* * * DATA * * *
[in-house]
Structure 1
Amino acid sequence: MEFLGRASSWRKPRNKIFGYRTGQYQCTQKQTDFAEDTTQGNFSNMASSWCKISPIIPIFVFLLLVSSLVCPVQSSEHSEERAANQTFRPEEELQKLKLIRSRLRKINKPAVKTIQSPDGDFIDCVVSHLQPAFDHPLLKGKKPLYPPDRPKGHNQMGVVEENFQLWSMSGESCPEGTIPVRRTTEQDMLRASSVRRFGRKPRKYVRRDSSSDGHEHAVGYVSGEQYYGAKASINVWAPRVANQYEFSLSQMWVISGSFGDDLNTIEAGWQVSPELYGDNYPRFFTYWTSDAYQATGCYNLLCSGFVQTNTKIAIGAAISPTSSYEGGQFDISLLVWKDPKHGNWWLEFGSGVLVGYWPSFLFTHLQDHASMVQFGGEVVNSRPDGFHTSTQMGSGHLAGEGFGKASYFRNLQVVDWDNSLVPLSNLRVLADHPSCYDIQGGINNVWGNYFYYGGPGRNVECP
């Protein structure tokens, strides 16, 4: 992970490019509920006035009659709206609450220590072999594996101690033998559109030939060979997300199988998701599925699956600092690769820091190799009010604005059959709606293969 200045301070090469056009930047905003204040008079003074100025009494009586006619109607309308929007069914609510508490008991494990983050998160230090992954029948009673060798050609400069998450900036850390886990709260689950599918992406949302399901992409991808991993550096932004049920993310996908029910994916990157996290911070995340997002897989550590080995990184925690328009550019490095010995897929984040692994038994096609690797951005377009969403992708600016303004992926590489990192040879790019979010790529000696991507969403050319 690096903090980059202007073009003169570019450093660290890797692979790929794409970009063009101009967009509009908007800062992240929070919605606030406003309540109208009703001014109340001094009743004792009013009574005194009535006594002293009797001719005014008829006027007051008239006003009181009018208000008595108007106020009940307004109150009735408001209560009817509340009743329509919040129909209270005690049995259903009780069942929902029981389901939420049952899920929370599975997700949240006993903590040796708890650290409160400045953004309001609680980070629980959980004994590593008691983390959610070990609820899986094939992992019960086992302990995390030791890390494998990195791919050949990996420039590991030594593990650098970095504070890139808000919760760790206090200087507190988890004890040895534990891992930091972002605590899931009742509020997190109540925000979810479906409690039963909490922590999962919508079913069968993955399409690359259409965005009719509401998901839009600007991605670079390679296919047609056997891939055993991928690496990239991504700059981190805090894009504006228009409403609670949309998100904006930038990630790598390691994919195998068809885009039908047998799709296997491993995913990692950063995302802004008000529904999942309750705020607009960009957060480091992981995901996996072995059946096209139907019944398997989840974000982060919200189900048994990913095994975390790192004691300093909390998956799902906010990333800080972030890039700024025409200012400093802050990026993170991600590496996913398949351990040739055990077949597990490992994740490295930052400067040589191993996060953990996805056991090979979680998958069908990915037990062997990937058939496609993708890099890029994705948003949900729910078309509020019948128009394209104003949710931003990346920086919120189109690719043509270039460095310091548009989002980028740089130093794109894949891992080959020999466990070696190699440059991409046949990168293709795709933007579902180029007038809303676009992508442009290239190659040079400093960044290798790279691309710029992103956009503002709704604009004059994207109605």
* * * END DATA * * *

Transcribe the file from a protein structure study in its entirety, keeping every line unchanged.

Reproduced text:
[in-house]
Structure 1
Amino acid sequence: MEFLGRASSWRKPRNKIFGYRTGQYQCTQKQTDFAEDTTQGNFSNMASSWCKISPIIPIFVFLLLVSSLVCPVQSSEHSEERAANQTFRPEEELQKLKLIRSRLRKINKPAVKTIQSPDGDFIDCVVSHLQPAFDHPLLKGKKPLYPPDRPKGHNQMGVVEENFQLWSMSGESCPEGTIPVRRTTEQDMLRASSVRRFGRKPRKYVRRDSSSDGHEHAVGYVSGEQYYGAKASINVWAPRVANQYEFSLSQMWVISGSFGDDLNTIEAGWQVSPELYGDNYPRFFTYWTSDAYQATGCYNLLCSGFVQTNTKIAIGAAISPTSSYEGGQFDISLLVWKDPKHGNWWLEFGSGVLVGYWPSFLFTHLQDHASMVQFGGEVVNSRPDGFHTSTQMGSGHLAGEGFGKASYFRNLQVVDWDNSLVPLSNLRVLADHPSCYDIQGGINNVWGNYFYYGGPGRNVECP
């Protein structure tokens, strides 16, 4: 992970490019509920006035009659709206609450220590072999594996101690033998559109030939060979997300199988998701599925699956600092690769820091190799009010604005059959709606293969 200045301070090469056009930047905003204040008079003074100025009494009586006619109607309308929007069914609510508490008991494990983050998160230090992954029948009673060798050609400069998450900036850390886990709260689950599918992406949302399901992409991808991993550096932004049920993310996908029910994916990157996290911070995340997002897989550590080995990184925690328009550019490095010995897929984040692994038994096609690797951005377009969403992708600016303004992926590489990192040879790019979010790529000696991507969403050319 690096903090980059202007073009003169570019450093660290890797692979790929794409970009063009101009967009509009908007800062992240929070919605606030406003309540109208009703001014109340001094009743004792009013009574005194009535006594002293009797001719005014008829006027007051008239006003009181009018208000008595108007106020009940307004109150009735408001209560009817509340009743329509919040129909209270005690049995259903009780069942929902029981389901939420049952899920929370599975997700949240006993903590040796708890650290409160400045953004309001609680980070629980959980004994590593008691983390959610070990609820899986094939992992019960086992302990995390030791890390494998990195791919050949990996420039590991030594593990650098970095504070890139808000919760760790206090200087507190988890004890040895534990891992930091972002605590899931009742509020997190109540925000979810479906409690039963909490922590999962919508079913069968993955399409690359259409965005009719509401998901839009600007991605670079390679296919047609056997891939055993991928690496990239991504700059981190805090894009504006228009409403609670949309998100904006930038990630790598390691994919195998068809885009039908047998799709296997491993995913990692950063995302802004008000529904999942309750705020607009960009957060480091992981995901996996072995059946096209139907019944398997989840974000982060919200189900048994990913095994975390790192004691300093909390998956799902906010990333800080972030890039700024025409200012400093802050990026993170991600590496996913398949351990040739055990077949597990490992994740490295930052400067040589191993996060953990996805056991090979979680998958069908990915037990062997990937058939496609993708890099890029994705948003949900729910078309509020019948128009394209104003949710931003990346920086919120189109690719043509270039460095310091548009989002980028740089130093794109894949891992080959020999466990070696190699440059991409046949990168293709795709933007579902180029007038809303676009992508442009290239190659040079400093960044290798790279691309710029992103956009503002709704604009004059994207109605």